Raw Milk Is an Ingredient, Not Just a Drink


| 10/20/2015 9:51:00 AM


Tags: raw milk, dairy, goats, Eric Reuter, Missouri,

 

Raw meat. Raw eggs. Raw milk. Which of these is not like the other? Two are unremarkable features of American cuisine; consider rare steak and eggs over-easy. The other is unthinkable to many palates. Two are everyday staples; envision the cases of meat and eggs anchoring the back wall of most grocery stores. The other is a highly controversial substance sold, where legal, through loopholes and hurdles. Why the difference? Among other factors, we tend to think of the first two as ingredients, and the last as a final product, and this affects the way we produce, market, and consume milk.

All raw animal products carry an element of risk; this is why packaged meat and eggs, and restaurant menus, carry that ubiquitous warning to proceed at our own risk. For various reasons, our regulatory system and our culinary culture don’t treat milk the same way. Can you imagine if all meat and eggs came pre-cooked, in order to protect the consumer from possible harm? That’s effectively what pasteurization does for milk, changing it from a raw, “hazardous” ingredient into a finished, “safe” product, and altering our perception of its potential. Most consumers know lots of ways to prepare meat or eggs, but milk? That’s just for drinking.

Yet there’s a middle ground for milk-handling, one that is mostly ignored but is highly relevant for those with small dairy herds or who want access to fresh, local dairy: view milk as an ingredient, not as a drink.  As Anne Mendelson points out in her excellent book Milk (excerpted by MOTHER EARTH NEWS in 2011), for most of dairy’s history, fresh/raw milk was not something widely consumed for the simple reason that it spoiled too quickly in the absence of effective refrigeration and transportation. Most people soured, fermented, cultured, or otherwise altered the fresh product to make it tastier and/or more stable. This is a similar concept to cooking or curing raw meats, with the same benefits and results, yet it’s mysterious to most Americans, including our own farm’s customers.

When we started our home dairy goat herd many years ago, we began learning to make cheese, yogurt, and other products right away. Neither of us cared much for milk as a drink, but loved its products passionately. We could easily use 3-4 gallons in a week without drinking a drop. The goats were an important part of our diversified farm’s fabric, providing fertility, food, and land management services. But as our herd expanded to support our ingredient-milk addiction, we decided we had to start selling milk to pay for the significant extra work and investment, and to balance the spring overproduction that resulted from keeping enough goats to get our household through the winter. And that’s where we ran into trouble with raw milk’s unique status.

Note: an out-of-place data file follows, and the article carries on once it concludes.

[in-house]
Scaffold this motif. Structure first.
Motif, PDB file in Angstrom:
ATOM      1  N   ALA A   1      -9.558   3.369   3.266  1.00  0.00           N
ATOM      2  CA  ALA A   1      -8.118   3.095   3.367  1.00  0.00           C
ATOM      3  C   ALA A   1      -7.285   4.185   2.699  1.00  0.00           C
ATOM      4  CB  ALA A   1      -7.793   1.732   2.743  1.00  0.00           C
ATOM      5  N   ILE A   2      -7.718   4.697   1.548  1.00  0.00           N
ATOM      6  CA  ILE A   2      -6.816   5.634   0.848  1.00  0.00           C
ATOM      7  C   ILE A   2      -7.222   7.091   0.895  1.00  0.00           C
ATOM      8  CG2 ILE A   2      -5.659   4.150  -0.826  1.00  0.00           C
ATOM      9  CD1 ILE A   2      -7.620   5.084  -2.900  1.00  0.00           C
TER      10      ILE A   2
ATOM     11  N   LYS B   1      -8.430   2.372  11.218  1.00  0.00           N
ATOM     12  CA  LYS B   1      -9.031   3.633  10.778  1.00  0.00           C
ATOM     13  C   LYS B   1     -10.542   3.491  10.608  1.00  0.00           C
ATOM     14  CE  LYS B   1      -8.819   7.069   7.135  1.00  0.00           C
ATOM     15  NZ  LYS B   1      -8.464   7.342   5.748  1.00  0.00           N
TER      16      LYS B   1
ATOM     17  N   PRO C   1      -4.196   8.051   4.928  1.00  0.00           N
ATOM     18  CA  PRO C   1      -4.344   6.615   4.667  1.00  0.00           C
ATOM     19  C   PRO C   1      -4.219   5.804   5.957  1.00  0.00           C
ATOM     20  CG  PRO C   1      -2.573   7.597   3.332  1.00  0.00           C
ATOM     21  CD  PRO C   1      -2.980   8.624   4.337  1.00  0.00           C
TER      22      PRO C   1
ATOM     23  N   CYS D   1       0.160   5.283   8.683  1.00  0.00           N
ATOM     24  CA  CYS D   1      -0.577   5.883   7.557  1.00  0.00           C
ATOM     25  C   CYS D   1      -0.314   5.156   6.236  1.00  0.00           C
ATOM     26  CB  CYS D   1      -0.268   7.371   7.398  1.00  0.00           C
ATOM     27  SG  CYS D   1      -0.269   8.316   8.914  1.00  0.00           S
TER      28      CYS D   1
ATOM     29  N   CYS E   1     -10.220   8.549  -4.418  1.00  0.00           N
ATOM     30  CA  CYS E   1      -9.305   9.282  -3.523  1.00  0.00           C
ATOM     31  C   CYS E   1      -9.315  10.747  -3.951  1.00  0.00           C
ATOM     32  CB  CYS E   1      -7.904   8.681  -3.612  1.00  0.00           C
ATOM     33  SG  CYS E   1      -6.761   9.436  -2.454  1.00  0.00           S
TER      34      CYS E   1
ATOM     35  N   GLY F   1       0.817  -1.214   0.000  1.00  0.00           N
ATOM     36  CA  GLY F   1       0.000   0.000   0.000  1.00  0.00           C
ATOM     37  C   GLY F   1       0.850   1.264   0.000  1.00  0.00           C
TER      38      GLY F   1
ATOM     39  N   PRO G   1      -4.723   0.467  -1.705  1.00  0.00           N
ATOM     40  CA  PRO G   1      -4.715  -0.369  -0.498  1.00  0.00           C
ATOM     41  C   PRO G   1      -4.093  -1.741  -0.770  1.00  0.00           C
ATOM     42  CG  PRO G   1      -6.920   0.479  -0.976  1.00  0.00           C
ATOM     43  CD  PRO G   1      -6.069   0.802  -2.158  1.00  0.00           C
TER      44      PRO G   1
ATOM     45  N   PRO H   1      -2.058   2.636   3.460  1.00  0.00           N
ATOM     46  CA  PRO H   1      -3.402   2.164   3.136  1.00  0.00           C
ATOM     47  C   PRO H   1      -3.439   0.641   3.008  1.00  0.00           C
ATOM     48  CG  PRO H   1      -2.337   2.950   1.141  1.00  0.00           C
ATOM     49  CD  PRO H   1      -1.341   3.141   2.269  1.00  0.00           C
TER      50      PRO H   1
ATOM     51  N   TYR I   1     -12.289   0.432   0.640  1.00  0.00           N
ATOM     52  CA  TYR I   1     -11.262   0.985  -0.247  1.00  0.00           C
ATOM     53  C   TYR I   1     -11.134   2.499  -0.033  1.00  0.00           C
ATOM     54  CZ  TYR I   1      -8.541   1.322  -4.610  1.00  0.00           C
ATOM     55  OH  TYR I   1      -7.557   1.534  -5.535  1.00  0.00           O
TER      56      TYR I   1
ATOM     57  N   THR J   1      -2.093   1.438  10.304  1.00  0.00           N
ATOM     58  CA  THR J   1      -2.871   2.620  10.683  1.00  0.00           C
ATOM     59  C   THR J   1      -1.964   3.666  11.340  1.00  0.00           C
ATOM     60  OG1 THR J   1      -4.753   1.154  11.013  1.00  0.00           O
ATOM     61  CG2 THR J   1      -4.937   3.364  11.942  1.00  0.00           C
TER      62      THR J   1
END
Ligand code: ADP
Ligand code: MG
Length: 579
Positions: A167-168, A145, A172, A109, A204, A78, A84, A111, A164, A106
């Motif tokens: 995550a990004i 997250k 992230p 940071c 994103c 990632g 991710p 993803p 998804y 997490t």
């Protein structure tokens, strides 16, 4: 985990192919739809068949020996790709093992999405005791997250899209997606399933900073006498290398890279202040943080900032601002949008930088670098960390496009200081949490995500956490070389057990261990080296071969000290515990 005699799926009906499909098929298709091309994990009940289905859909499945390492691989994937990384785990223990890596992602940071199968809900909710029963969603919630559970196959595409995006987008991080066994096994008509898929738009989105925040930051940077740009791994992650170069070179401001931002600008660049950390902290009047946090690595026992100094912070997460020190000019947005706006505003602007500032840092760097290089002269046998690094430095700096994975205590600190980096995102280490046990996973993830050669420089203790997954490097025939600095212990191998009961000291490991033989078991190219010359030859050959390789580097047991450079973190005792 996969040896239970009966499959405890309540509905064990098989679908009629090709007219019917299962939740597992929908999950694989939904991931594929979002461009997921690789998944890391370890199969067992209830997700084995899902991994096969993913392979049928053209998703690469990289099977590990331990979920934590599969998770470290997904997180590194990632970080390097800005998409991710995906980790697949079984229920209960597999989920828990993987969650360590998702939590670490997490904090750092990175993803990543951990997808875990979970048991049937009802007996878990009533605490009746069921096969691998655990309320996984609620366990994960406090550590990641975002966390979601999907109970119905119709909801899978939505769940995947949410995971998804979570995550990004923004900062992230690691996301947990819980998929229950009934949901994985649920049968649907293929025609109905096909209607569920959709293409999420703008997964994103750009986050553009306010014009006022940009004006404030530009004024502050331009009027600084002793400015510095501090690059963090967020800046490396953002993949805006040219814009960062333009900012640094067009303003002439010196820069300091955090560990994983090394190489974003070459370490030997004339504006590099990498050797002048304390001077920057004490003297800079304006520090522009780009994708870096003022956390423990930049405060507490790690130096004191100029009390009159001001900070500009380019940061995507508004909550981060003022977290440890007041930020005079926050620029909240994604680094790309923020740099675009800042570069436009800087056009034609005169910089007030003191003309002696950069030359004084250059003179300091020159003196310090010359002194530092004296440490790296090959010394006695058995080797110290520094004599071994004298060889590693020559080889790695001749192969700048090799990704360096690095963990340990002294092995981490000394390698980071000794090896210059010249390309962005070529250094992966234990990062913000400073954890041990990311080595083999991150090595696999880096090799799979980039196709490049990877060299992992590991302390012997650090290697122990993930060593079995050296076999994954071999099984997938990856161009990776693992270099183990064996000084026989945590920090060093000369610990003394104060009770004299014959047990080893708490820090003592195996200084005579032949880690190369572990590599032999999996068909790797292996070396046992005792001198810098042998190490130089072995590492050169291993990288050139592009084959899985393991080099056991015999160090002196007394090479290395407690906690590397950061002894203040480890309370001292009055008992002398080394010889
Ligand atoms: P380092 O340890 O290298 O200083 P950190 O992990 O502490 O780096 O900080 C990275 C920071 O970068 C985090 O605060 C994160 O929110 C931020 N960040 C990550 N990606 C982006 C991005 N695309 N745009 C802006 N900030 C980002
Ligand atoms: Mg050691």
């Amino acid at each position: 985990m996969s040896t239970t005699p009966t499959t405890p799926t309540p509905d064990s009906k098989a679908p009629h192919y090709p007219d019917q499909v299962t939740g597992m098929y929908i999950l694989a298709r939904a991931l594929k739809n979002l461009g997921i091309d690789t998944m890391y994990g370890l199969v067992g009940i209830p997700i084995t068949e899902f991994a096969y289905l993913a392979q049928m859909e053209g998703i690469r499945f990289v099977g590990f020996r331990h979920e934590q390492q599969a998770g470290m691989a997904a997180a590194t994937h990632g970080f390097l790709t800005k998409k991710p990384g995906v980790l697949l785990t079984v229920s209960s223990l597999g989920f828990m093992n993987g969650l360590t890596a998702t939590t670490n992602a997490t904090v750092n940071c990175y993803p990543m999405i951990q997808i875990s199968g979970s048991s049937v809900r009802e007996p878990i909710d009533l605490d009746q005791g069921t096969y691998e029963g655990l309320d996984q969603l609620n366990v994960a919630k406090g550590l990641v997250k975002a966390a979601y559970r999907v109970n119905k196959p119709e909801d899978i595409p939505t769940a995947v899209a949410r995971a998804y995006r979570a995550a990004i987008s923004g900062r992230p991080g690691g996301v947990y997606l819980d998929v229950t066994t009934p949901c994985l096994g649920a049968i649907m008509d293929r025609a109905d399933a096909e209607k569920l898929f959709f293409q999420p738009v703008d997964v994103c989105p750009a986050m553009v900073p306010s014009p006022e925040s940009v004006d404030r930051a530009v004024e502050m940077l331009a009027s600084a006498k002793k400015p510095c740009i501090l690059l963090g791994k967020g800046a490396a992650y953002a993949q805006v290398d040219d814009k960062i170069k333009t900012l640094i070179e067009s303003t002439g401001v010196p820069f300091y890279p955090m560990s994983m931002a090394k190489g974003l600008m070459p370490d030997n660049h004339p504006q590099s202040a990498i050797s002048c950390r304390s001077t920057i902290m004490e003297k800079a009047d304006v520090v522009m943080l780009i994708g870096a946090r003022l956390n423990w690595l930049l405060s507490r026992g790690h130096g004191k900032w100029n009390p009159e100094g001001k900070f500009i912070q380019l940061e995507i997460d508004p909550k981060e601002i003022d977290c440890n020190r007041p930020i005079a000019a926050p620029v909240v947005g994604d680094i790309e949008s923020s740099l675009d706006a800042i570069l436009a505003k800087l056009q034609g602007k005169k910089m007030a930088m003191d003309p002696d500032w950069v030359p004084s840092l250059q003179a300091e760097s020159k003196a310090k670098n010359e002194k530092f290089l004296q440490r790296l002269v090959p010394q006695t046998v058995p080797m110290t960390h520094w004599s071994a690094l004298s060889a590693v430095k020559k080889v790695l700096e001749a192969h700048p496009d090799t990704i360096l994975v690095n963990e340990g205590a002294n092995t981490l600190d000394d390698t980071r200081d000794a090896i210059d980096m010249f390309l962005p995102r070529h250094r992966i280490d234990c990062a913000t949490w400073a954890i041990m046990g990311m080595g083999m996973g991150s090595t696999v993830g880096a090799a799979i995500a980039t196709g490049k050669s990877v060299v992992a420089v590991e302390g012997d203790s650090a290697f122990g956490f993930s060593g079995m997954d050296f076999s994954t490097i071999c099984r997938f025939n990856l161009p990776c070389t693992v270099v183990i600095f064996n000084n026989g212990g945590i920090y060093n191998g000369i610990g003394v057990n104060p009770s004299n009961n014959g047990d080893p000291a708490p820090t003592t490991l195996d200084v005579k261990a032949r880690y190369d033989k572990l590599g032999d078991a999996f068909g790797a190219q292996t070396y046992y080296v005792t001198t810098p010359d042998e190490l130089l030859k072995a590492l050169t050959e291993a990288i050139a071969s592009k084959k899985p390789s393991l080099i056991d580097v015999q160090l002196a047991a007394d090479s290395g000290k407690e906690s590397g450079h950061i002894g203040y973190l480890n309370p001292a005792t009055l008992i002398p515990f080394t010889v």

Missouri, fortunately, has one of the more lenient raw-milk laws on the books; anyone can sell raw milk on the farm, or deliver it to the final consumer, exempt from all other regulations including inspections. This was key to the economics of our situation, as we certainly couldn’t justify building a minimum-5-figure dairy facility to legally make cheese or bottle pasteurized milk, not for a small goat herd on a full-time vegetable farm. Yet we were uncomfortable selling raw milk for direct consumption; it really does carry some safety risks, and our local and state political climate wasn’t supportive of raw milk sales, despite the law. Other Missouri dairies had been persecuted by the government for perceived mishaps in milk and cheese handling; in two incidents we blogged about, a dairy was entrapped into selling milk the wrong way, and another was publicly accused of contamination without sufficient proof. We weren’t going to bet our farm on a few goats’ worth of extra milk. So we decided to sell our milk the way we consumed it: as an ingredient.


musinare
10/20/2015 12:57:31 PM

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